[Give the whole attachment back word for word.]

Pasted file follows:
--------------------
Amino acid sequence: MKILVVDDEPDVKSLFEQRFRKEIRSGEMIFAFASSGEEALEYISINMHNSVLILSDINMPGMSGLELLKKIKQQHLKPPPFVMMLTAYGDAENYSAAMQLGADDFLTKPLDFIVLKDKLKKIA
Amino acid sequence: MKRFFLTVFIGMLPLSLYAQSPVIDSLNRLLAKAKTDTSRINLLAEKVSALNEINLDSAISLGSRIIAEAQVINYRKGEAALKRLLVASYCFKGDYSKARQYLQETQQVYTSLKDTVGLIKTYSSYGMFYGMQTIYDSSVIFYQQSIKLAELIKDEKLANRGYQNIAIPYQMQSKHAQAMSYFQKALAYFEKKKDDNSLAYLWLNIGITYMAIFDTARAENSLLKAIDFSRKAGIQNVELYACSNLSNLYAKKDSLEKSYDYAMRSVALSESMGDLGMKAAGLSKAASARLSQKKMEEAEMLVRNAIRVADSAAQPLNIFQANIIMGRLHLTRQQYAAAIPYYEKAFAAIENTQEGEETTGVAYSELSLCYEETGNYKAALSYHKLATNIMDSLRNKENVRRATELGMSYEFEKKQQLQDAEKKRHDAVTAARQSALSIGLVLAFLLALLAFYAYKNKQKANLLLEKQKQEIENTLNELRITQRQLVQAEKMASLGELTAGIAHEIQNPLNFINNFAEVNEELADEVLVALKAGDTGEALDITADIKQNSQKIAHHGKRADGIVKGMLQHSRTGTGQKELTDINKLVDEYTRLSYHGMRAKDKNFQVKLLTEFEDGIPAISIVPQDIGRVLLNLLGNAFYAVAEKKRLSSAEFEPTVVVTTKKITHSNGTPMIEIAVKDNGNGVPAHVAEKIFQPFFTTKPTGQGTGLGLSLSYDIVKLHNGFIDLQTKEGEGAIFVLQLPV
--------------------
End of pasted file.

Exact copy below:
Amino acid sequence: MKILVVDDEPDVKSLFEQRFRKEIRSGEMIFAFASSGEEALEYISINMHNSVLILSDINMPGMSGLELLKKIKQQHLKPPPFVMMLTAYGDAENYSAAMQLGADDFLTKPLDFIVLKDKLKKIA
Amino acid sequence: MKRFFLTVFIGMLPLSLYAQSPVIDSLNRLLAKAKTDTSRINLLAEKVSALNEINLDSAISLGSRIIAEAQVINYRKGEAALKRLLVASYCFKGDYSKARQYLQETQQVYTSLKDTVGLIKTYSSYGMFYGMQTIYDSSVIFYQQSIKLAELIKDEKLANRGYQNIAIPYQMQSKHAQAMSYFQKALAYFEKKKDDNSLAYLWLNIGITYMAIFDTARAENSLLKAIDFSRKAGIQNVELYACSNLSNLYAKKDSLEKSYDYAMRSVALSESMGDLGMKAAGLSKAASARLSQKKMEEAEMLVRNAIRVADSAAQPLNIFQANIIMGRLHLTRQQYAAAIPYYEKAFAAIENTQEGEETTGVAYSELSLCYEETGNYKAALSYHKLATNIMDSLRNKENVRRATELGMSYEFEKKQQLQDAEKKRHDAVTAARQSALSIGLVLAFLLALLAFYAYKNKQKANLLLEKQKQEIENTLNELRITQRQLVQAEKMASLGELTAGIAHEIQNPLNFINNFAEVNEELADEVLVALKAGDTGEALDITADIKQNSQKIAHHGKRADGIVKGMLQHSRTGTGQKELTDINKLVDEYTRLSYHGMRAKDKNFQVKLLTEFEDGIPAISIVPQDIGRVLLNLLGNAFYAVAEKKRLSSAEFEPTVVVTTKKITHSNGTPMIEIAVKDNGNGVPAHVAEKIFQPFFTTKPTGQGTGLGLSLSYDIVKLHNGFIDLQTKEGEGAIFVLQLPV